It’s hard to believe that we’ve been at Sahalee full-time for just 90 days. It seems so natural, like we’ve been here our whole lives. Our 16 years in Florida now seem very much like a sweet tropical dream- Just a little blip on our personal time travel continuum.
Amid all the hustle and bustle of paid work and projects on the property, we were pleased to entertain two very good longtime friends Joe and Karin last weekend- Our first official visitors to Sahalee!!
Most of you who know me know that I am a compulsive recycler. I describe it as an addiction because I literally can’t stop myself from picking up recyclables whatever and wherever they are in hopes I’ll be able to reclaim what little value they have left in the post-use waste stream (along with helping to make the planet a little more picturesque and critter-friendly).
Wood-burning stove, check.
Water supply tank, check.
Still working to bring our basic off-grid utilities into service a month after arrival, so here’s an update on how the pieces are coming together.
Many people make trips to ‘town’ to fulfill their basic needs, including entertainment. For us, this trip is not an option. It is a necessity.
After nearly four full weeks of living off-grid, we’re starting to recognize the daily rhythm and truly appreciate our beautifully rustic surroundings. We’re challenging ourselves to stay home for as many days we can, and so far have made it five before needing to go to town for one reason or another. Going thirty days will be a true feat we’re looking forward to accomplishing!!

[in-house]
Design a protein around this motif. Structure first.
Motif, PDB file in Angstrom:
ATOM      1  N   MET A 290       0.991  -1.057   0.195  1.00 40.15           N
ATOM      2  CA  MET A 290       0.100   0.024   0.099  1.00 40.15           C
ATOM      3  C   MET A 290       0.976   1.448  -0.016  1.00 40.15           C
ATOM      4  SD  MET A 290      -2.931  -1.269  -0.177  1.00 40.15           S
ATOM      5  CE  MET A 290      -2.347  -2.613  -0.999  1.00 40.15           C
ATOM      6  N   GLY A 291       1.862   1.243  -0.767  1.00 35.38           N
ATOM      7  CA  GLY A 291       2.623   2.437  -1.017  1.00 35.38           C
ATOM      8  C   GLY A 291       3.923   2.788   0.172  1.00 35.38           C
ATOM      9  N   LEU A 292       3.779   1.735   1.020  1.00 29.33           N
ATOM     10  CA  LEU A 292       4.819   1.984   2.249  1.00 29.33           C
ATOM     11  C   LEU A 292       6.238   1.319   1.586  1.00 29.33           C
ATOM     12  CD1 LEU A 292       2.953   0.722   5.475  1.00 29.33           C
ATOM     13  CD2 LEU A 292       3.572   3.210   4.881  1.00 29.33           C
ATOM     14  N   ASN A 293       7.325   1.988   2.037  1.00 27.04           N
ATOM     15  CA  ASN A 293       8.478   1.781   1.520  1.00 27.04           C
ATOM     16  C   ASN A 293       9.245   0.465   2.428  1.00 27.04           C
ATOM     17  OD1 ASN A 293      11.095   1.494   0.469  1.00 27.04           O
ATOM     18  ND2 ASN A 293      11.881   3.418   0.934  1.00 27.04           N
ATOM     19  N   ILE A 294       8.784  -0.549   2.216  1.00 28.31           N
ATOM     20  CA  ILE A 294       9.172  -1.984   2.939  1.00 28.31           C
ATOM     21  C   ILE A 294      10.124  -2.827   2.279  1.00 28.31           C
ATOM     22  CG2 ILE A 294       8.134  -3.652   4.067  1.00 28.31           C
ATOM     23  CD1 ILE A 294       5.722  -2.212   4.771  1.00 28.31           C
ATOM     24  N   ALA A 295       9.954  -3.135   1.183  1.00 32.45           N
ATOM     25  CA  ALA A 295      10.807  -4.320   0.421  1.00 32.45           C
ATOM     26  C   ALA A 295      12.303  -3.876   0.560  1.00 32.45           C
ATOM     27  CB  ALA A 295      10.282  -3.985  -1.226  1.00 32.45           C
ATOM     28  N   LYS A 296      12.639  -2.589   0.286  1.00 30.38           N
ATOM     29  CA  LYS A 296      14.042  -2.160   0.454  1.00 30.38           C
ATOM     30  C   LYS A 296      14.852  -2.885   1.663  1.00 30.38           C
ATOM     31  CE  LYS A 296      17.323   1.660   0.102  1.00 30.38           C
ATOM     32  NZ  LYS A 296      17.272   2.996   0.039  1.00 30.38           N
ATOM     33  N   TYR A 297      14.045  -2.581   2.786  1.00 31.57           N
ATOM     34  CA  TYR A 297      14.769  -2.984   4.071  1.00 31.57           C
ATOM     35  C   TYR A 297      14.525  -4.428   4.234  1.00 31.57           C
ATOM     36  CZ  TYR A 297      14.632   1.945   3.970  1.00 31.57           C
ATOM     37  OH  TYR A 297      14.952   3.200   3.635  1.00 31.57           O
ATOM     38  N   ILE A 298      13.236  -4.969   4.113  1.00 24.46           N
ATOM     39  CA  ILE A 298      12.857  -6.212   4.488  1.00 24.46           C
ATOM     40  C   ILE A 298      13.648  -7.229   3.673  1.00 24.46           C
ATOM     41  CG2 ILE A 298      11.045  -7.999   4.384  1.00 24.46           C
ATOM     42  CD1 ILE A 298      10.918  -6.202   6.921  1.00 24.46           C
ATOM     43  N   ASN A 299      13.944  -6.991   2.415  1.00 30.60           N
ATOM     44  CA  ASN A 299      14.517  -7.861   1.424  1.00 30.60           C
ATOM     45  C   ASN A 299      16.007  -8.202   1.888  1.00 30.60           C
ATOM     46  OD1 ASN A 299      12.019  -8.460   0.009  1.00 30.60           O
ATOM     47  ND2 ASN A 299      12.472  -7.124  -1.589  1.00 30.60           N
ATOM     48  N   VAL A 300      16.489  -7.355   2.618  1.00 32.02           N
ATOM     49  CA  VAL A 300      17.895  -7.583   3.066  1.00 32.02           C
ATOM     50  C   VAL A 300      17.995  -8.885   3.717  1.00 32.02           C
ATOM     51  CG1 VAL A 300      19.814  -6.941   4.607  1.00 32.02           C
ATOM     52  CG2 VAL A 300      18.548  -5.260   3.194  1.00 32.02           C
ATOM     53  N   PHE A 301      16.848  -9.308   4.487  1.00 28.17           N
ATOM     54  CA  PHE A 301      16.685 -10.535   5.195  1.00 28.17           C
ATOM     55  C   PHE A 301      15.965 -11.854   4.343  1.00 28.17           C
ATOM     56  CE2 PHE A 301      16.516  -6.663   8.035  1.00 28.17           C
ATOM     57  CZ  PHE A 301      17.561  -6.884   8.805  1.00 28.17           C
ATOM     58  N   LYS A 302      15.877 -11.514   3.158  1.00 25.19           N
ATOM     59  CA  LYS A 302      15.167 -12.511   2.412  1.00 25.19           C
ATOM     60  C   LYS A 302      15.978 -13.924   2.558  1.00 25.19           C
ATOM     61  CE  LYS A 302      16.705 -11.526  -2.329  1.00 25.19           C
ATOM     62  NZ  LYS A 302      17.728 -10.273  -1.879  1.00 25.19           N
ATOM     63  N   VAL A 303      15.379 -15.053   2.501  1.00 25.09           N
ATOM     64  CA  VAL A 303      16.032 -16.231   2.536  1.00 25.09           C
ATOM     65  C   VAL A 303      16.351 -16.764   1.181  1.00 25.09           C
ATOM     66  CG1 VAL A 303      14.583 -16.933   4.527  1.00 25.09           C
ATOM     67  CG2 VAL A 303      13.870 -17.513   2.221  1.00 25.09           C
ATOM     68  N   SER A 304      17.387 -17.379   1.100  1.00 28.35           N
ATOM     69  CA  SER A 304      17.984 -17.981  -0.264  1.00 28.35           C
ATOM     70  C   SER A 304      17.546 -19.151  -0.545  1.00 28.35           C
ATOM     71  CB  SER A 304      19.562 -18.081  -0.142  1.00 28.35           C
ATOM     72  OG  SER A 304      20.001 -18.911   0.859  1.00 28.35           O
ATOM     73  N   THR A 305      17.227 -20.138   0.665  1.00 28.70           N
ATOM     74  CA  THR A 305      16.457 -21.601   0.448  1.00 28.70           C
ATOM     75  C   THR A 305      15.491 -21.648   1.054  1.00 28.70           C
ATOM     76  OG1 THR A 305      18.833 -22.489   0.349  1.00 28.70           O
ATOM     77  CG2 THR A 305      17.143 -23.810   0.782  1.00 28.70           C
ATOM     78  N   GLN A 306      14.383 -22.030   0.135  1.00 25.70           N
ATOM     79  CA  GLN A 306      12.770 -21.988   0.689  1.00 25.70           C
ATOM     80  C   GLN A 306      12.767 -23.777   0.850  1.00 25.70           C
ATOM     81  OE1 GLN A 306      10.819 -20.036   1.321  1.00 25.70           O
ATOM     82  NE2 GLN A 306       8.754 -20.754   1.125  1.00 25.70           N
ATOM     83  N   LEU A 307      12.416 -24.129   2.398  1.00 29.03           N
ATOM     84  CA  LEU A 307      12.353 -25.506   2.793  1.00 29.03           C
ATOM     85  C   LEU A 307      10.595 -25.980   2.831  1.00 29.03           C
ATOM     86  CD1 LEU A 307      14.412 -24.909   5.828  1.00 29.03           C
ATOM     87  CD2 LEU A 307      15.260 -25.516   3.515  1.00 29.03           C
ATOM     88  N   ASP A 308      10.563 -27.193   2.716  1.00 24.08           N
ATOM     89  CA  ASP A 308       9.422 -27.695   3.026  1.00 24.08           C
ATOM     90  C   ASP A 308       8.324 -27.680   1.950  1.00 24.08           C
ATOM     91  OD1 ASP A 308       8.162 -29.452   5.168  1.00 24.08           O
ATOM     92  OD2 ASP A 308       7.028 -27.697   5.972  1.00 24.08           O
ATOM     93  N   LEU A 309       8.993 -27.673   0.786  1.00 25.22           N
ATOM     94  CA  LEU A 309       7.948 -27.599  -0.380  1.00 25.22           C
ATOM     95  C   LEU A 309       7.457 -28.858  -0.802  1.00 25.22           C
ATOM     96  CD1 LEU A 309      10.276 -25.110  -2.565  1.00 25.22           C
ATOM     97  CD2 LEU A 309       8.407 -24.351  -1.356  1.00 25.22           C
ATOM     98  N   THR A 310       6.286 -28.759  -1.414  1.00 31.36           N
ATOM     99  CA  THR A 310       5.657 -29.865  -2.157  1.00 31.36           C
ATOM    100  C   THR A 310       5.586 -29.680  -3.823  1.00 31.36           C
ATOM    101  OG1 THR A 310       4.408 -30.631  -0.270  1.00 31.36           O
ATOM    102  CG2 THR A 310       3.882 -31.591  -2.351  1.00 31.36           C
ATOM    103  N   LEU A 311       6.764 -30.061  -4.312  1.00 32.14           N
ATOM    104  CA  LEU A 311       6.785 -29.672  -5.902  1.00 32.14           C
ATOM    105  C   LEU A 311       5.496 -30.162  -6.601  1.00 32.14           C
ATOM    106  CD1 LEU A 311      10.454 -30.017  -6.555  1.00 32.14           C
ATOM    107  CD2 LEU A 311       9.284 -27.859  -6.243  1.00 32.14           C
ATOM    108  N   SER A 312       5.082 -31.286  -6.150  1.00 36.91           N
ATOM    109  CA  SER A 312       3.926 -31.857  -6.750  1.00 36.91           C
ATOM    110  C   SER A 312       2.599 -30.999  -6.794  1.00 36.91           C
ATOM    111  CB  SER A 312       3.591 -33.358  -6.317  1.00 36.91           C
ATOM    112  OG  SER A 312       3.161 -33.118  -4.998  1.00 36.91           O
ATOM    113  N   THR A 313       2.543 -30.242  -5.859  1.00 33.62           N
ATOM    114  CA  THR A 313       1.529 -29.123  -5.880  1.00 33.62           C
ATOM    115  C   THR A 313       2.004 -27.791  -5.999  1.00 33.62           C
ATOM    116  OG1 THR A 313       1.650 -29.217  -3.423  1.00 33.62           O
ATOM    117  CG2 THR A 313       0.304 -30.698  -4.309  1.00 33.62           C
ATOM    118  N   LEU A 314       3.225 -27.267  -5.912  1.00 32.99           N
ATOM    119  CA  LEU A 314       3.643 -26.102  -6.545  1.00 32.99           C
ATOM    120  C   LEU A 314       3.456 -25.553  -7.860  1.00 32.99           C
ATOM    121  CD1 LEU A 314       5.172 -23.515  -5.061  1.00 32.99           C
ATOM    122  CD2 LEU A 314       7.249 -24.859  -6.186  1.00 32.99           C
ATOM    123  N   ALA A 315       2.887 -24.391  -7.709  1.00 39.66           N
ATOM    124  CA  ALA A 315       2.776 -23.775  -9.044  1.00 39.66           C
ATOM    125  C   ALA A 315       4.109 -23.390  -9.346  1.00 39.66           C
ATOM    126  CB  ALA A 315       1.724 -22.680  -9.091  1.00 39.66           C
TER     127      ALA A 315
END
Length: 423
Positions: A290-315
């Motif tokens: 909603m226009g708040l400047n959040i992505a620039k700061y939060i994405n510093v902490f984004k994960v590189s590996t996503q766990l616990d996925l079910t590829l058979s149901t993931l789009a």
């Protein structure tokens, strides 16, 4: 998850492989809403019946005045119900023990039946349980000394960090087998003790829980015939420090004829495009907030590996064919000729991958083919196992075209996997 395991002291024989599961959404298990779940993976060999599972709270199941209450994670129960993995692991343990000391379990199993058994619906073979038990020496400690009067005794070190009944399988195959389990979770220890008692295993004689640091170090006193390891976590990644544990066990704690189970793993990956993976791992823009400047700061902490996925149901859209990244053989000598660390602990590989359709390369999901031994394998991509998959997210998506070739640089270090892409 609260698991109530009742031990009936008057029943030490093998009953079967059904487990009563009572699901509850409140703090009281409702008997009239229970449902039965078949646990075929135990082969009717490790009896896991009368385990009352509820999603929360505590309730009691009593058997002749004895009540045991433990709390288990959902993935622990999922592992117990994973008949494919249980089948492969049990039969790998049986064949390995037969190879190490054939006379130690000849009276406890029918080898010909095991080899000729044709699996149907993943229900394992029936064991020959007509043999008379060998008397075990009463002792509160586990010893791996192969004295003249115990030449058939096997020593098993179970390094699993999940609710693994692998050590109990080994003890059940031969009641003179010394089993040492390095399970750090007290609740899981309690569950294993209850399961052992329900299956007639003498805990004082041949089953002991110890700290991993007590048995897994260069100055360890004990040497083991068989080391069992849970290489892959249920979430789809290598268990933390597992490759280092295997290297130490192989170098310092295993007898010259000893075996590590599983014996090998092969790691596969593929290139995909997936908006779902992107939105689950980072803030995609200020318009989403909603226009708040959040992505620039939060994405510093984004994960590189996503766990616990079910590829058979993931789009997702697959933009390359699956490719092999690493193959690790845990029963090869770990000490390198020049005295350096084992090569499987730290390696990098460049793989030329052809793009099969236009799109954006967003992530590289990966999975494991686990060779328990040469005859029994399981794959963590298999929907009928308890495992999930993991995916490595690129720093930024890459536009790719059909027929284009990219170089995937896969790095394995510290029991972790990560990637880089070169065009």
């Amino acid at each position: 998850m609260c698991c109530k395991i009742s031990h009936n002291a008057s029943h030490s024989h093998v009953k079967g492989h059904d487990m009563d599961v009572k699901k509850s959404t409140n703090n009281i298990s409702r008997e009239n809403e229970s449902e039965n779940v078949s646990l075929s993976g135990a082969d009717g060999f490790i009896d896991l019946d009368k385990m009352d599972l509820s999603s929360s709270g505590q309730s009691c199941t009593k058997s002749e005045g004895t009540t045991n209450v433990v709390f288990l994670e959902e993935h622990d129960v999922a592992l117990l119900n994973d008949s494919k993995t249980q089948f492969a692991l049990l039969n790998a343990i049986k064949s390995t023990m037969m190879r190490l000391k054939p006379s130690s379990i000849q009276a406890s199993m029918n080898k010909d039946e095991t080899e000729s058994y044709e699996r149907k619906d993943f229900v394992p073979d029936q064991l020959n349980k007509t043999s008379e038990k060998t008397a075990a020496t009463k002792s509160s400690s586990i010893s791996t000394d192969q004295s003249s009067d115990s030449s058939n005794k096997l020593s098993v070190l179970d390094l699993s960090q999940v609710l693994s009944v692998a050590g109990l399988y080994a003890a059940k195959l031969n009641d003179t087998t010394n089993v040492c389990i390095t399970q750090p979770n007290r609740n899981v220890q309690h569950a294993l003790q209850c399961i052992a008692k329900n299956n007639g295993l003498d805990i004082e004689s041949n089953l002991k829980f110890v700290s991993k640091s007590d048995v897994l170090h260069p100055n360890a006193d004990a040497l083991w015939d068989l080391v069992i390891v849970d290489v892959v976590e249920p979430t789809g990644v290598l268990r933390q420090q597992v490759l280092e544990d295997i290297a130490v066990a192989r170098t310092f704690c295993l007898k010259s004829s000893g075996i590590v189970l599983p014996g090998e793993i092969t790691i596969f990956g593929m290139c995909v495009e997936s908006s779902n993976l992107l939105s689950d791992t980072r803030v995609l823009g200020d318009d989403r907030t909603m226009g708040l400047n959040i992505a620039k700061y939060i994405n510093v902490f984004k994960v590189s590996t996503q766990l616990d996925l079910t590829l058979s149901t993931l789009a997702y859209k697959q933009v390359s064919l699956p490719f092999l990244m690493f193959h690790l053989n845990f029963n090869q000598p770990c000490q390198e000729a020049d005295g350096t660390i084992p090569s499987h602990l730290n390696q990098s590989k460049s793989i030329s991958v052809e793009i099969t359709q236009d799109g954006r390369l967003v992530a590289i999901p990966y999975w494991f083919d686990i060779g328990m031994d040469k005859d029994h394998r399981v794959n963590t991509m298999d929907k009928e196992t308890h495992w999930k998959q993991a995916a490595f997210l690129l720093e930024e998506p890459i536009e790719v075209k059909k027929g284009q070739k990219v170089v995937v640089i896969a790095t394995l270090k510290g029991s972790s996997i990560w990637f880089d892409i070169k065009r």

We’ve done a real good job of highlighting all our successes so far, but I did want to reveal a few of the not-so-joyous frustrations we’ve encountered over the past few weeks to give everyone a true picture of what’s been going on around here.
Coming into ‘monsoon season‘ here, we wanted to make sure the yurt was trimmed out appropriately with a stylish and functional rain awning. Ben and I examined a few different places to harvest precious rainwater with this tarp and barrel rigging, but we ultimately decided to kill two birds with one stone, as they say, by creating the front door rain cover AND a catchment all in one.
Monday came and went with little fanfare. Ben and I both woke warmly to sun streaming inside the yurt. The teakettle went on quickly to start us up for our first day of telecommuting. Power was plentiful and we hungrily gobbled bandwidth on our wi-fi while still in our nightclothes. It was definitely refreshing to be in touch with old office mates and inquisitive colleagues while enjoying the New Mexican mountain splendor.